Stress stinks! Do you remember the deodorant commercials that solved the problem of stress-induced sweating with a swipe of their product under each arm? If only the solution to stress were that simple! According to a study conducted by the American Psychological Association (APA), the average stress levels for residents of the United States rose from 4.9 to 5.1 from 2014 to 2015. The most noteworthy increase came in the form of adults reporting “extreme stress.”
The APA has conducted an annual stress survey since 2007. Not only have their yearly reviews shown a consistent increase in stress, but also two consistent culprits in the cause category: money and work. As we leave one of the most stressful election years in our nation’s history, it’s a fairly sure bet that the next annual stress review conducted by the APA will show yet another increase.
Why has the APA been so adamant about documenting the volume of stress Americans face? Because it’s seen as a major health problem. Stress impacts physical and mental health, and the impact isn’t often positive. Stress can lead to an increased risk of heart attack and stroke. It can preface anxiety and depression disorders. Stress can and does lead to substance abuse.
The Link between Stress and Substance Abuse
Stress comes in many levels. Some are fairly minor, like the stress of running late due to things outside of our control. Others are extreme, like being an abuse victim or facing life altering changes, the majority of which fall outside of your power to stop. Prolonged exposure to stress can affect how the mind and body react. In the battle to roll with the punches, different people find different ways to cope. And this leads to the insidious link between stress and substance abuse in three major areas:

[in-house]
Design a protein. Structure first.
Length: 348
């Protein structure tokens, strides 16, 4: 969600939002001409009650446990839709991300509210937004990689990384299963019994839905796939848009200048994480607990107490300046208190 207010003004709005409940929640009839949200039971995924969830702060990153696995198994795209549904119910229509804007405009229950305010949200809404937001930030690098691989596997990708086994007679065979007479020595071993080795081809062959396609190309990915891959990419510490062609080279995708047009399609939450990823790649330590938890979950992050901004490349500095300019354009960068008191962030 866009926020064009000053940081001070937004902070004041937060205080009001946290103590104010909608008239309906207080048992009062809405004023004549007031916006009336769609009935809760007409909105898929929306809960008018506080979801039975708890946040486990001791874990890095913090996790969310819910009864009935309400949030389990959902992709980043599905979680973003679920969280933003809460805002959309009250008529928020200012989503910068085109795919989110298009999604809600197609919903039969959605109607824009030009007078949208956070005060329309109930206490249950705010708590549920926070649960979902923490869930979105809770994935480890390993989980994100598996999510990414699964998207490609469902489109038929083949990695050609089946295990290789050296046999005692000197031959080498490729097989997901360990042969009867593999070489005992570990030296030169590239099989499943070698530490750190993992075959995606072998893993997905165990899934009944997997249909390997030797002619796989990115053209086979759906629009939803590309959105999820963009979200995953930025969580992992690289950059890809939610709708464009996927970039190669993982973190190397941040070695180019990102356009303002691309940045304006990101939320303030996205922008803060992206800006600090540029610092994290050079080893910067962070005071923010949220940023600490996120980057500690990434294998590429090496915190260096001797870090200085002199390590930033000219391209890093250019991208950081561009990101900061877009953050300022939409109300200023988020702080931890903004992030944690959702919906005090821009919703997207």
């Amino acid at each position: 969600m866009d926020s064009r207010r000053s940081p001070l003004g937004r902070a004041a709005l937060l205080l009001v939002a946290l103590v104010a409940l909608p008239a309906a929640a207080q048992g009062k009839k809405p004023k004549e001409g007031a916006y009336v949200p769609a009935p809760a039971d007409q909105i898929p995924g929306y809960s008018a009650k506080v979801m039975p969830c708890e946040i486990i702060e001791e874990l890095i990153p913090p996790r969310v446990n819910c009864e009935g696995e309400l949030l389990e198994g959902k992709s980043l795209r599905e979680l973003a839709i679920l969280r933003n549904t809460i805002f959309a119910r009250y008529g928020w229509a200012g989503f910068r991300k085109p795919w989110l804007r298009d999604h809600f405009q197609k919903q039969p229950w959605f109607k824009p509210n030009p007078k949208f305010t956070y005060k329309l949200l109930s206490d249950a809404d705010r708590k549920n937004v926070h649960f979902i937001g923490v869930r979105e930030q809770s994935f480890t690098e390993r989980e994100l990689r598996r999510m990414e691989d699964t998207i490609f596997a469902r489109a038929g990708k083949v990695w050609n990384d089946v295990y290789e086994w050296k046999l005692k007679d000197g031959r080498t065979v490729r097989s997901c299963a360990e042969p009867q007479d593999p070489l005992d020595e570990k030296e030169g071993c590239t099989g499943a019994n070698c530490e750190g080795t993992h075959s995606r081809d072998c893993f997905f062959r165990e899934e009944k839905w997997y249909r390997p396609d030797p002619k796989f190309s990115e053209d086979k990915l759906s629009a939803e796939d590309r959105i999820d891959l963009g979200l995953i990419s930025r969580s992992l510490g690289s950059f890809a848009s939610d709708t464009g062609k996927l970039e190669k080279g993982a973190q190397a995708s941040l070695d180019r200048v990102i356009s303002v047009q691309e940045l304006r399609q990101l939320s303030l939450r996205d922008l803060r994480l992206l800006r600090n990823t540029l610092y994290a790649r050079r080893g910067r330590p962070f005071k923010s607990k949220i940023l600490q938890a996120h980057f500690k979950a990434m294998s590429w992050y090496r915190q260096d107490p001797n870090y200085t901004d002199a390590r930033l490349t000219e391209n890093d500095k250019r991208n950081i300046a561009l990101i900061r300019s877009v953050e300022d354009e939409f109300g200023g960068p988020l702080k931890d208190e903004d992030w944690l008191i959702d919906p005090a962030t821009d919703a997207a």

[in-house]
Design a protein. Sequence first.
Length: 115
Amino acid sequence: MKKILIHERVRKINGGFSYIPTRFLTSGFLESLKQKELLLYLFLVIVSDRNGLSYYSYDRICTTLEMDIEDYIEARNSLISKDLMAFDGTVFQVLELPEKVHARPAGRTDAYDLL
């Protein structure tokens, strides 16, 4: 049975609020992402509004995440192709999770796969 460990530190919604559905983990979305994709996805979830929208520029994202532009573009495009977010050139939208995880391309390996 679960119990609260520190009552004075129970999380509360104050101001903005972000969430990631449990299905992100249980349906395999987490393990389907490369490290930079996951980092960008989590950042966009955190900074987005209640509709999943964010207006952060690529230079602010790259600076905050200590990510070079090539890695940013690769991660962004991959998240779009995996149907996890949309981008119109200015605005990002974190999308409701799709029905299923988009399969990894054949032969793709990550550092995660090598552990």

- Prescription Drug Use: Remember the old marketing buzz line, “There’s an app for that”? Prescription drugs seem to be taking over that line. Plagued with stress? There’s an RX for that! There’s nothing wrong with seeking a little help in reducing stress by consulting your doctor, but one the most commonly prescribed medications for stress issues is Prozac. Despite being considered a non-addictive drug, it can still trigger substance abuse or addiction. More than 2.1 million people start down the path of addiction while on prescription drugs.
- Alcohol Consumption: Need a quick calm? A shot of liquor or a glass of wine should do the trick, or so most people think. Thousands of people use alcohol as a way to calm their nerves, and while it does have a relaxing effect, long-term use can rapidly turn into alcoholism.
- Illicit Drug Use: When prescriptions stop being written or the cost of them goes out of reach, people who used prescription solutions for stress often turn to illicit drugs. Street drugs are easier to get and often less expensive.
4 Major Myths vs. Facts
What’s your go-to activity when stress ramps up? If your answer is something along the lines of a drink or smoke, here’s a reality check to digest: